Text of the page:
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Transparency Institute condemns City Hall for going ahead with parking meter contract

The Transparency Institute of Guyana Inc. (TIGI) has slammed the Mayor and City Council for forging ahead with the Parking Meter project despite deep-seated concerns about the apparent opaqueness of the transaction from the inception.

“That this project is allowed to continue in its current configuration in spite of a legal basis for enacting a new and transparent process, is a telling blow to transparency, accountability and good governance,” TIGI said.

TIGI also frowned on Mayor Patricia Chase-Green for ignoring concerns by a broad section of the citizenry and instead seeking to ram the project down the throats of those who have raised objections.

“There was no open tendering for the project and accompanying the handpicking of a contractor was the handpicking of councillors to conduct due diligence in Mexico,” the organisation said in a statement.

Among those raising objections to the parking meter project are the Private Sector Commission and its constituent Georgetown Chamber of Commerce and Industry.

TIGI’s statement came hours after a decision by the Mayor and City Council on Monday to put a brake on the start of the parking meter project from September 1, 2016 until the city fathers and mothers consider the report and recommendations by central government.

Central government has said the the parking meter deal weighs heavily in favour of the investor and will be burdensome.

Following is the full text of TIGI’s statement.

Local government should empower citizens to determine their own path, but this necessitates a decision-making process that is characterised by transparency, full disclosure of relevant information, and responsiveness to the concerns of those whose lives and livelihoods would be affected. TIGI is of the view that the handling of the parking meter project by the Georgetown Municipality and its response to relevant queries exhibit a dearth of democratic principles and disdain for citizens that  would lead to a feeling of exclusion, and alienation from the decision making process. These failures serve as strong contradictions to the purpose of local government.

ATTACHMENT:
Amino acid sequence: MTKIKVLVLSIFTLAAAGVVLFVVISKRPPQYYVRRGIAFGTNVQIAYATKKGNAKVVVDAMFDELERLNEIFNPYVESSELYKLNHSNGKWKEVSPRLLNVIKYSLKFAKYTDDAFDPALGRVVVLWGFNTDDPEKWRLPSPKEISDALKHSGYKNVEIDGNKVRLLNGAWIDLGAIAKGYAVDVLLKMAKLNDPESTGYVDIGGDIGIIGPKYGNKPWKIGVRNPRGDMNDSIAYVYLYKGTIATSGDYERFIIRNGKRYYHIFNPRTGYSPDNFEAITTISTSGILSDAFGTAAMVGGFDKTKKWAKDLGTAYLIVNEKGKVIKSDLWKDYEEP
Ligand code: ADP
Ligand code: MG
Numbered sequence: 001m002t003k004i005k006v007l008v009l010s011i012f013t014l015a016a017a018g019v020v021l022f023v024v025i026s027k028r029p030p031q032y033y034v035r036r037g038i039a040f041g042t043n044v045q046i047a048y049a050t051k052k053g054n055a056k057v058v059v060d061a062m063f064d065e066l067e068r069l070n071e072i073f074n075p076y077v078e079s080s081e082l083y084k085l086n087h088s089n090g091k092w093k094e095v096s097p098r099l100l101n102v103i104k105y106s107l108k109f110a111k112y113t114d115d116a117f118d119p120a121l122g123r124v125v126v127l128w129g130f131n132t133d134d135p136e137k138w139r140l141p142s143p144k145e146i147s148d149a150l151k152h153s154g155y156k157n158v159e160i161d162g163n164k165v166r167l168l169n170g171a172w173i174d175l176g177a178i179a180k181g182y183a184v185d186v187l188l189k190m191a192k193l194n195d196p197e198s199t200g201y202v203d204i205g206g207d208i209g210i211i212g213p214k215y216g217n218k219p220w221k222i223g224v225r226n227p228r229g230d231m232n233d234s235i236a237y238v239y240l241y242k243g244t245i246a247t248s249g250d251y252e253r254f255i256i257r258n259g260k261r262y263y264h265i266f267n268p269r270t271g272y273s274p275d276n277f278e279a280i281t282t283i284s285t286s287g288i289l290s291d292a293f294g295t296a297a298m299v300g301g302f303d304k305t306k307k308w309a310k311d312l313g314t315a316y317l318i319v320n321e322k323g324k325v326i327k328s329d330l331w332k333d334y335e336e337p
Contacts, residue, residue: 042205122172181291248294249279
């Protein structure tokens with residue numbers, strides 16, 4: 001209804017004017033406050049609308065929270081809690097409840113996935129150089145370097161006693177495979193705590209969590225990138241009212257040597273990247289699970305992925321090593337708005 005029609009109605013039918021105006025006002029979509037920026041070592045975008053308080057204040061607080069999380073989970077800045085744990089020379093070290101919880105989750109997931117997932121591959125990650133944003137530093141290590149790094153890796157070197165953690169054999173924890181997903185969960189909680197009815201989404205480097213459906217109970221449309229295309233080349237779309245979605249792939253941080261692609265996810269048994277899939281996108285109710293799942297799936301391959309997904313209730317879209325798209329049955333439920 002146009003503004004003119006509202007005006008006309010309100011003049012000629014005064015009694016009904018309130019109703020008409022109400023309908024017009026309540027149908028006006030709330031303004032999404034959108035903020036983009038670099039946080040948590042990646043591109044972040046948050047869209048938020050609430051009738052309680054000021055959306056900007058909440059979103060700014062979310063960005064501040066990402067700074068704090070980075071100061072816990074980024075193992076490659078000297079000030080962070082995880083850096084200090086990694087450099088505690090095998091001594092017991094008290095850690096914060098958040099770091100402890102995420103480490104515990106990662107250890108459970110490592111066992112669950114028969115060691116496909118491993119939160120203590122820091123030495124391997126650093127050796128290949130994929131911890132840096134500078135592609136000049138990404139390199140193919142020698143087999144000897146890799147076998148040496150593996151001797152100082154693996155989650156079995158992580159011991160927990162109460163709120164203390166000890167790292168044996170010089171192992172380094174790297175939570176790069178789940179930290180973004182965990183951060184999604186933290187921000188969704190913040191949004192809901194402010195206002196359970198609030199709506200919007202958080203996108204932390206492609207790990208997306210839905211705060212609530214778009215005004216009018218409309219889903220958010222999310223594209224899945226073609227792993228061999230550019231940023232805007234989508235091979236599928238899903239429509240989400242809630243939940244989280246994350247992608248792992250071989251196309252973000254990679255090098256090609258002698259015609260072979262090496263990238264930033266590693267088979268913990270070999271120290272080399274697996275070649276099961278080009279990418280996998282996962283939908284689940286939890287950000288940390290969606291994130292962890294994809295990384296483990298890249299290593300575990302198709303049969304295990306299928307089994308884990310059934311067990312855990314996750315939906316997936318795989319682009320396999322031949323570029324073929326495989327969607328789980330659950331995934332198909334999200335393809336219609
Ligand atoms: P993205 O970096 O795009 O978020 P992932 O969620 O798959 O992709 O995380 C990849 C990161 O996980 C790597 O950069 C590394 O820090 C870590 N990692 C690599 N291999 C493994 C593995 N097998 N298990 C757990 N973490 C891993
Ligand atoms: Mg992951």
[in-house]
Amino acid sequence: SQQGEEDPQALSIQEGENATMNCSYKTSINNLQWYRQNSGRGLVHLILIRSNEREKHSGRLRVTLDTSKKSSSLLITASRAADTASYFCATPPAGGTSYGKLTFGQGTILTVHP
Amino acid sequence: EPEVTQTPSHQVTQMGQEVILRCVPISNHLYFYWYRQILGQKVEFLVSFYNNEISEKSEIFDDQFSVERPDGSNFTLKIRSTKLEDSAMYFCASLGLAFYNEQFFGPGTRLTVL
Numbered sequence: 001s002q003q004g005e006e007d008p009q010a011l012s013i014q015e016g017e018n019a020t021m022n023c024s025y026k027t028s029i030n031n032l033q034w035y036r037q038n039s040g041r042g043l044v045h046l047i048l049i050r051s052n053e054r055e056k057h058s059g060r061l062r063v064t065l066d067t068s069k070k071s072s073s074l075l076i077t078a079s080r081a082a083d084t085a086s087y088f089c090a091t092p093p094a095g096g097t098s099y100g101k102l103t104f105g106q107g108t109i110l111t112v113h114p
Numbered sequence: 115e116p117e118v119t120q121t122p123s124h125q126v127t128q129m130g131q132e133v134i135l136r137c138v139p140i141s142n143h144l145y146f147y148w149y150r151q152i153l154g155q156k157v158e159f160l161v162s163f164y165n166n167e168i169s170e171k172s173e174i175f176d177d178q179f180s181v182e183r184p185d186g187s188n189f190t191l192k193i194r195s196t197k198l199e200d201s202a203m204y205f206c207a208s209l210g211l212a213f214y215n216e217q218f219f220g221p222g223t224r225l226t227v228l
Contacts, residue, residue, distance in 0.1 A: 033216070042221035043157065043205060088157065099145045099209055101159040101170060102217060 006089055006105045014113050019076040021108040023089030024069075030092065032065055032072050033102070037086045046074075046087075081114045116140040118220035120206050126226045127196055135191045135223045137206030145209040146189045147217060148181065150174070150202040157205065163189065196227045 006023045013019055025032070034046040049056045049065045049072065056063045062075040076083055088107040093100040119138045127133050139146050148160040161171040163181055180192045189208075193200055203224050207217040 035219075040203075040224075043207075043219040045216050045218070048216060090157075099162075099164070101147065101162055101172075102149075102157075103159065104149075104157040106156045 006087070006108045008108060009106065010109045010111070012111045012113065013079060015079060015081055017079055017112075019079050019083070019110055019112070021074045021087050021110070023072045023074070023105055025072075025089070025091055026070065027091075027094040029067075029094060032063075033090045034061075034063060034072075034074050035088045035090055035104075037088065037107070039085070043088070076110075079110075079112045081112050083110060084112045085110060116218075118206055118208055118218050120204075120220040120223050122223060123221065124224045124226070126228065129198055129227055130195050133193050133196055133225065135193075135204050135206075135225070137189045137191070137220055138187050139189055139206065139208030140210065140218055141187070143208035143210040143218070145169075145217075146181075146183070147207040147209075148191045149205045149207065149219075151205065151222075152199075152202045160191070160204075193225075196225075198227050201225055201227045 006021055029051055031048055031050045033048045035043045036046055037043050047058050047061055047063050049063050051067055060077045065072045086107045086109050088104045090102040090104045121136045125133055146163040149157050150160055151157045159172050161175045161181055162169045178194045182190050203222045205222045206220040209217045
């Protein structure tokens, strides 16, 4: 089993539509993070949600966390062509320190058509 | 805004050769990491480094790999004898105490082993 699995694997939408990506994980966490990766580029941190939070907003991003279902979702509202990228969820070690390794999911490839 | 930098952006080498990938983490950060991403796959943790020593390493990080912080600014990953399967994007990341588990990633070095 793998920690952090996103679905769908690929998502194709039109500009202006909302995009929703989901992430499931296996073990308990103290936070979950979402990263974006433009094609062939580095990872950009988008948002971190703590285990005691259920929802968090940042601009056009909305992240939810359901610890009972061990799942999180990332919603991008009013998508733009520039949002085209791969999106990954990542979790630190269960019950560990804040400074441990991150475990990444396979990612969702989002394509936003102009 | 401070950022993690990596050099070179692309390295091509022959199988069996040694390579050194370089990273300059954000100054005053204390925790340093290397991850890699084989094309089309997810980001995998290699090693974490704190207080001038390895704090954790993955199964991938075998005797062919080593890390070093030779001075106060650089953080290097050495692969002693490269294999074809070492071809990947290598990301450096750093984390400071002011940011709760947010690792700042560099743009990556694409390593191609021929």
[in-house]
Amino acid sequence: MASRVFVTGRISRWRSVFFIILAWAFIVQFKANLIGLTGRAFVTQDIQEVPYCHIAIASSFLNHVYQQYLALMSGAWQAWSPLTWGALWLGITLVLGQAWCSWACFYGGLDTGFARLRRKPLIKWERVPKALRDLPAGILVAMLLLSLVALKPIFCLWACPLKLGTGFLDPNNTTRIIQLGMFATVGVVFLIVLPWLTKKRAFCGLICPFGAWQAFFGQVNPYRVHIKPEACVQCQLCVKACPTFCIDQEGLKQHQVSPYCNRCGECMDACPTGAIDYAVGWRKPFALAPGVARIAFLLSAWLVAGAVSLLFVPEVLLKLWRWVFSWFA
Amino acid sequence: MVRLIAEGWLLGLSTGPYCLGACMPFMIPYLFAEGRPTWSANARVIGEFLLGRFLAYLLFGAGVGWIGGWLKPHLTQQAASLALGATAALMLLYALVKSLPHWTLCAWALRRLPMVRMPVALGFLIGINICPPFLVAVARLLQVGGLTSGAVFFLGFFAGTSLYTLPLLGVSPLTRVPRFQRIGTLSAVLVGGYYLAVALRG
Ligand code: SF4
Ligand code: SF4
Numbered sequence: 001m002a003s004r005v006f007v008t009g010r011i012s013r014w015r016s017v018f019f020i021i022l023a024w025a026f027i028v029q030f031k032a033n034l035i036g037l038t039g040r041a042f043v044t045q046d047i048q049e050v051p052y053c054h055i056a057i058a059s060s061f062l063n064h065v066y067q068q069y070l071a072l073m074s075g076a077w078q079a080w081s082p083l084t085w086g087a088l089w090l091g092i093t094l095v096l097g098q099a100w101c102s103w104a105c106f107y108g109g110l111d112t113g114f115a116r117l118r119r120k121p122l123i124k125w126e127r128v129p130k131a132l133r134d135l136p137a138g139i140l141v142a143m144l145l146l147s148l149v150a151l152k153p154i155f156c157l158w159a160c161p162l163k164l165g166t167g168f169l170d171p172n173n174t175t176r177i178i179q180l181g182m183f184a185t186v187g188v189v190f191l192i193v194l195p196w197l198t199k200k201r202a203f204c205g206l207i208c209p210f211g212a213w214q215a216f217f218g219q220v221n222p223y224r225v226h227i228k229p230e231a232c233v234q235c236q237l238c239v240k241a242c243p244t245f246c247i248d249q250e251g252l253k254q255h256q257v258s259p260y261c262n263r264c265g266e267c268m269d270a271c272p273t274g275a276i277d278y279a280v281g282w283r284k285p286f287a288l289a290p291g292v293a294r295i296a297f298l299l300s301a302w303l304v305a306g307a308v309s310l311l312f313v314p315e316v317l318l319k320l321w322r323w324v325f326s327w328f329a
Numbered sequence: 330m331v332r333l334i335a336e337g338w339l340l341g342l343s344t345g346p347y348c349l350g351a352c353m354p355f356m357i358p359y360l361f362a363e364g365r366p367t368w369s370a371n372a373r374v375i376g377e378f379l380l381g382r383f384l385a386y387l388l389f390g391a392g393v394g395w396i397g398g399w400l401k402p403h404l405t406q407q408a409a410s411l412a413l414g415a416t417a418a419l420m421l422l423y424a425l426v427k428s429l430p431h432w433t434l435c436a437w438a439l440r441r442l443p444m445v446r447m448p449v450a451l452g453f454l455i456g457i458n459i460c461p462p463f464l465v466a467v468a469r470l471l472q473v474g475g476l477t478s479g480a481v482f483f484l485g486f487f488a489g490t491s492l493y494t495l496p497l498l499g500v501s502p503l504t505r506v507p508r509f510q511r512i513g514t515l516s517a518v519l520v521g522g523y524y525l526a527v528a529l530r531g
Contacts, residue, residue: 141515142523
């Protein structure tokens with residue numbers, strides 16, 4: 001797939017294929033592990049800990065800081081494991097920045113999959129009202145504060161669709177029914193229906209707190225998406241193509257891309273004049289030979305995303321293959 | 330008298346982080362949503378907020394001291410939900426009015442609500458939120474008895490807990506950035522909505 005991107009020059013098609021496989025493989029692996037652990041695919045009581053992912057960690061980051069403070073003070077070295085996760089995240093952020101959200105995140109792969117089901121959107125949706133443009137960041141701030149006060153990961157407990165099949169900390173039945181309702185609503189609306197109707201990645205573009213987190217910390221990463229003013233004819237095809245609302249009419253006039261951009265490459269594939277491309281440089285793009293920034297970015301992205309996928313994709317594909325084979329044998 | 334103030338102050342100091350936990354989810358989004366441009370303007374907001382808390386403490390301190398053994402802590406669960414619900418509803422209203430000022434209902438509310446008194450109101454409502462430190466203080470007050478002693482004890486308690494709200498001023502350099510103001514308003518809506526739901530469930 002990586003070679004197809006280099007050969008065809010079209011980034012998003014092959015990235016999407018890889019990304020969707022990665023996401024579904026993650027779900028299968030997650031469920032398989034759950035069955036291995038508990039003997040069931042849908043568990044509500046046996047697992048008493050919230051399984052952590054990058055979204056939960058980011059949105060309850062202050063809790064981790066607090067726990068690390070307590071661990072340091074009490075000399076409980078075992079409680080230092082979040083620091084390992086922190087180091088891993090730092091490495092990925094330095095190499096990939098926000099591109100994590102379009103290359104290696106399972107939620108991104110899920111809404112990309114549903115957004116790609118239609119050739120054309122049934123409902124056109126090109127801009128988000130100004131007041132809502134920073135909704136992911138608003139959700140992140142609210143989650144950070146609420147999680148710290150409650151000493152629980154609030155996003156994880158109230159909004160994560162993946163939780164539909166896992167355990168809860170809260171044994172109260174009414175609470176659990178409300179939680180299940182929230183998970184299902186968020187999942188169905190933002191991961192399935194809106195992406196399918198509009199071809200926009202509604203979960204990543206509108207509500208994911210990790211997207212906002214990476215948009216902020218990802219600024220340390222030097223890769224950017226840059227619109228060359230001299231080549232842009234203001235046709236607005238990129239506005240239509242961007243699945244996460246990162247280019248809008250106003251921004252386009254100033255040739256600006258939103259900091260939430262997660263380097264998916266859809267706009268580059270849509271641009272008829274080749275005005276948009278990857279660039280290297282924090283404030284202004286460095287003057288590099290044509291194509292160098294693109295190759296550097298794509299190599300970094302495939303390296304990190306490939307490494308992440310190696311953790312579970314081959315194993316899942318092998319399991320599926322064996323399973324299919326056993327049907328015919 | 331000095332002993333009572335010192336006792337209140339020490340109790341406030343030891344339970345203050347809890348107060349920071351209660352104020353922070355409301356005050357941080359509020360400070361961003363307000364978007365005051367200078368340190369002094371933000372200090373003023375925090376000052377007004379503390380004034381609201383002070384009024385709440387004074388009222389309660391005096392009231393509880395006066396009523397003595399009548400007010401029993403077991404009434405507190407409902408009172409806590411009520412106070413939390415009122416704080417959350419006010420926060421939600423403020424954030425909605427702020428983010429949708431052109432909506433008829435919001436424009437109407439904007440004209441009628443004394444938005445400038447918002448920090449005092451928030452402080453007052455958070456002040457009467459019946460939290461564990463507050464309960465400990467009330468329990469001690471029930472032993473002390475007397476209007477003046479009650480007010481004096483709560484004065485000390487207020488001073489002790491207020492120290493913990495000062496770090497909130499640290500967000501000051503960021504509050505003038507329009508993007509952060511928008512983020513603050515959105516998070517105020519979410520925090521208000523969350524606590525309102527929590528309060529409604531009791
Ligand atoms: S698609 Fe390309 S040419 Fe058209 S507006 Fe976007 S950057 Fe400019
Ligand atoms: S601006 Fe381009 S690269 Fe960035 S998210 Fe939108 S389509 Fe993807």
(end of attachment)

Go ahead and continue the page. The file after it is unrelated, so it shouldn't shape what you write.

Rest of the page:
There was no open tendering for the project and accompanying the handpicking of a contractor was the handpicking of councillors to conduct due diligence in Mexico. This was perhaps necessary as it was a fool’s errand from the onset against the backdrop of an already signed contract, which positioned it in the interest of the mayor to find the firm suitable or even exceeding the requirements. This alignment of interest inevitably set the Mayor in defence mode; defending, the decision, defending the contractor, defending the idea of the project, instead of listening to the people and addressing their concerns. Added to this is the bewildering secrecy surrounding the contract when the contract itself should be with the people of Georgetown.

This manner of conducting business is entirely inappropriate as the decisions made will affect the lives of many Guyanese and will affect future generations. There must be transparency and accountability in the operations of local government and the views of the people must be respected. That this project is allowed to continue in its current configuration in spite of a legal basis for enacting a new and transparent process, is a telling blow to transparency, accountability and good governance. The people of Georgetown, their children, grandchildren and perhaps great-great-grandchildren have been bullied into a deal the details of which are yet unknown and which from all accounts, has not benefited from an assessment of feasibility or their input. It is the people that bear the burden of poor governance and it is up to them people to be vigilant and to use the democratic provisions to have their voices heard